Recorded over 12 months at the infamous Vive Studios, Produced by Martin Coogan (Mock Turtles) & Yves Altana (Chameleons).
The Electric Stars (Unsigned)
Andy Bee – Guitar/Music Collaborator
Keef Whitehead – Bass
French Jonny – Drums
Damien Lawson – Guitar
Jason Edge – Vocals/Songwriter
Backing Vocals – Denise Johnson (Primal Scream)
The present line up got together from the remnants of various Manchester bands last summer to form The Electric Stars. Their mission is simple… To keep Rock n Roll alive! Currently touring, Detour records are going to release a single in February 2012.
‘Beautiful music for beautiful people’. The first track serves as a kind of thematic intro into the touchstone of the album. Instantly catchy with a New York Dolls edge while flirting with Bolan vocals. Driven instrumentation throughout, the track is characterised by alternating soft and hard chord patterns set in interplay with punchy drums and loping bass patterns. An orgasmic, hypnotic, erotic foray into complete pop sensuality. I swear I heard a dash of The Sweet in there? The retro keyboards are the glacé cherry on the cake. Anything with ‘Bop bop ba la la’ is fine by me.
‘Between the Streets and the Stars’
Wonderful cheesy intro, go-go girls in silver mini dresses are strutting their stuff somewhere. Another glorious catchy melody and lyrics. Petula slips into the chorus – ‘I found a place where we can go’. Once again, some fine vintage backing vocals sneak in. This song illustrates simplicity and graceful harmony. What’s impressive is that the band make their statement with the same sort of friendly sympathy that was displayed by the likes of The Rolling Stones and The Faces. Not bad at all. Glorious ‘Diamond Dogs’ style ending provides a nice touch.
We are treated to a gentle Beatles vibe with a touch of Pink Floyd creeping in. Intelligent lyrics sang impeccably. Depicting the decline of a once vibrant person, the dark picture is beautifully painted by Edge’s crisp vocals while the band’s subtle musicianship is underplayed nicely. Each layer begins on a delicate, confessional note and to a chaste grandeur that never topples over into pretentiousness. An awareness of inevitable tragedy which touches the heart. Edge’s voice is blissfully tender – if you can feel, he can reach you.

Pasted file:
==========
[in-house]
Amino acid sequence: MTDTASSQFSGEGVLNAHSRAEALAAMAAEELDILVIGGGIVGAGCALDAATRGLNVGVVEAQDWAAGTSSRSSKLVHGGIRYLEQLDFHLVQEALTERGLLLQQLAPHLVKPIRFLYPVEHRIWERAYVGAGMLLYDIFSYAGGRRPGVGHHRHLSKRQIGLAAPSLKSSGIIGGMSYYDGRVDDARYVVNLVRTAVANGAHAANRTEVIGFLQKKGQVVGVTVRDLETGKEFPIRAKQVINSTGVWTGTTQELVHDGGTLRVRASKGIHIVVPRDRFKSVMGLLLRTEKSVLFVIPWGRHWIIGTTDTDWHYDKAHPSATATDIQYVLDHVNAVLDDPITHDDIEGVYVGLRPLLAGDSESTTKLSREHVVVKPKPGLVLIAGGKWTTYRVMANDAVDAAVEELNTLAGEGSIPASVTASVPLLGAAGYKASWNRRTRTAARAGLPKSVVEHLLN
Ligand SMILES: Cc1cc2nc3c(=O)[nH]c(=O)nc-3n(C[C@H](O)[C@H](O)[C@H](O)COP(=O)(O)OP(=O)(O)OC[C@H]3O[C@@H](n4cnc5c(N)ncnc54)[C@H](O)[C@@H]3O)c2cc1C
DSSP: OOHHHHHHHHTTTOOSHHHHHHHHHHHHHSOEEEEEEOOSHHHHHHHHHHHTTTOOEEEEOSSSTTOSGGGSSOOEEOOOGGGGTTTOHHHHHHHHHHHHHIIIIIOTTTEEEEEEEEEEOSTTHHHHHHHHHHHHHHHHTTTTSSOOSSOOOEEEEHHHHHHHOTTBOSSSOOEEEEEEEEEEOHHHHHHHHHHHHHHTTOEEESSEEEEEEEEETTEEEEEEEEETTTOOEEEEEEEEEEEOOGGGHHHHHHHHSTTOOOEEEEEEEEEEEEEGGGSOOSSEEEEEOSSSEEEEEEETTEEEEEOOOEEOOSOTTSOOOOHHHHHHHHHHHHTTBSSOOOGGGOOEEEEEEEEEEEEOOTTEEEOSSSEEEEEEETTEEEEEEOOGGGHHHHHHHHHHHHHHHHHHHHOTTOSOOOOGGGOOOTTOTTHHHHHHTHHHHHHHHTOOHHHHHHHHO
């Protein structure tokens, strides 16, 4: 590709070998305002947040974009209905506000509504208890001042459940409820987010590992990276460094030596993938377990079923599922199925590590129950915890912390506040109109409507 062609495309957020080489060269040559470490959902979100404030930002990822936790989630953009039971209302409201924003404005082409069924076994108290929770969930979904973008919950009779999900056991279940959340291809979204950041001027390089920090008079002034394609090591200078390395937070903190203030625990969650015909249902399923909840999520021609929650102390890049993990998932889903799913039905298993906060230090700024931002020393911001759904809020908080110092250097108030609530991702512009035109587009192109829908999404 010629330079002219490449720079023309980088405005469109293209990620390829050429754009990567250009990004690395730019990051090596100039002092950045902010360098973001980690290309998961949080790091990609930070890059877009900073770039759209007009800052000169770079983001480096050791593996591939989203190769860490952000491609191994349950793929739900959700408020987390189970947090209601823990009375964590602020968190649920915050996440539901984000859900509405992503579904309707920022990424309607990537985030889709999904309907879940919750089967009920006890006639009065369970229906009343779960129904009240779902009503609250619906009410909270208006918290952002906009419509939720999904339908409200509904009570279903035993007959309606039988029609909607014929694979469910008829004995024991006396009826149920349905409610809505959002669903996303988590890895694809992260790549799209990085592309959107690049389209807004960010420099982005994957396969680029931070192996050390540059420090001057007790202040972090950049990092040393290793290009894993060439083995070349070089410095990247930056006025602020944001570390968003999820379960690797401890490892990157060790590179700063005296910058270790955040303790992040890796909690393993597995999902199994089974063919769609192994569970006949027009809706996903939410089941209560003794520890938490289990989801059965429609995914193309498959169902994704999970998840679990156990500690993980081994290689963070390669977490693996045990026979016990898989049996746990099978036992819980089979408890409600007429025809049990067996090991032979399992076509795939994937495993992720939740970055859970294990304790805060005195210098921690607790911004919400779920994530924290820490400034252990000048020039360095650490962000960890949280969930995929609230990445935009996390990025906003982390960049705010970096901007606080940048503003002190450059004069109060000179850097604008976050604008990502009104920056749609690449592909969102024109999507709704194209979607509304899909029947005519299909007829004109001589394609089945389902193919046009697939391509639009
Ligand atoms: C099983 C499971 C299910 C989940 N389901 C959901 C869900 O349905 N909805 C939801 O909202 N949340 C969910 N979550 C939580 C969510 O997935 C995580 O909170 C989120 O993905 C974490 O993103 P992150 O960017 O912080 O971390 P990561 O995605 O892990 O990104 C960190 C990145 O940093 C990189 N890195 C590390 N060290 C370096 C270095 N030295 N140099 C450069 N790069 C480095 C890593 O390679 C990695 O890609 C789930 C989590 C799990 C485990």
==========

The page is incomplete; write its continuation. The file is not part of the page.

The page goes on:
‘I Want You’
This song wouldn’t be out of place on a 60’s film soundtrack. Edges vintage vocals are perfectly suited to this refinement of white noise into psychedelia. The charging guitar phrase that keeps running throughout, and the riff, is equally relentless. It’s a groovy tune that really sticks to your synapses. I’m hoping there’s a Townshend windmill or two when played live. Hypnotic production, haunting guitars fading in and out, complete with dog barking, what more could you want? This one’s a chart-topping winner.
The ghosts of The Small Faces are omnipresent, the band’s musical influences are evident throughout this album but they retain their distinctive style. It’s a beautiful thing. Superb vocals hint of Dr Robert in parts. Choral backing vocals conjure up images of the Staple Singers in floaty robes. It’s dreamy, childlike, and dramatic all at once and contains both an unusually inventive melody and tender devotional vocals and musical arrangement. Intriguing fade out complete with gentle laughter.
‘Who’s Gonna Satisfy Me?’
A Faces style intro, they’re going for it. Edge steps in with his chameleon vocals which never disappoint. Thunderthighs style backing vocals come into play, something sadly lacking with a lot of current bands. Infectious rhythm of the drumming, the bass is solid and pulsing, the guitars provide slashing riffs, the structures are simple but effective. The tune is insistent and powerful; the rhythmic structuring builds in unimaginable waves to melodic insensibility, rich with quivering energy. A dark horse, this one.
Wonderful retro brass preamble. Edge’s chilled vocals wouldn’t be out of place in a Syd Barrett or Nick Drake song. Once again, the eloquent lyrics describe perfectly how he feels; each track continually creates a film in your mind, how clever is that? A simple bass and compelling guitar lines, subtle drumming and those endearing backing vocals, the music gets you high. But the key is in the tune itself, as emotionally complex as it is lyrically straightforward, every so often Edge’s voice burns through the velvet lining as he sings almost conversationally to the listener. This song triumphs by the economy and sensibility of their sound.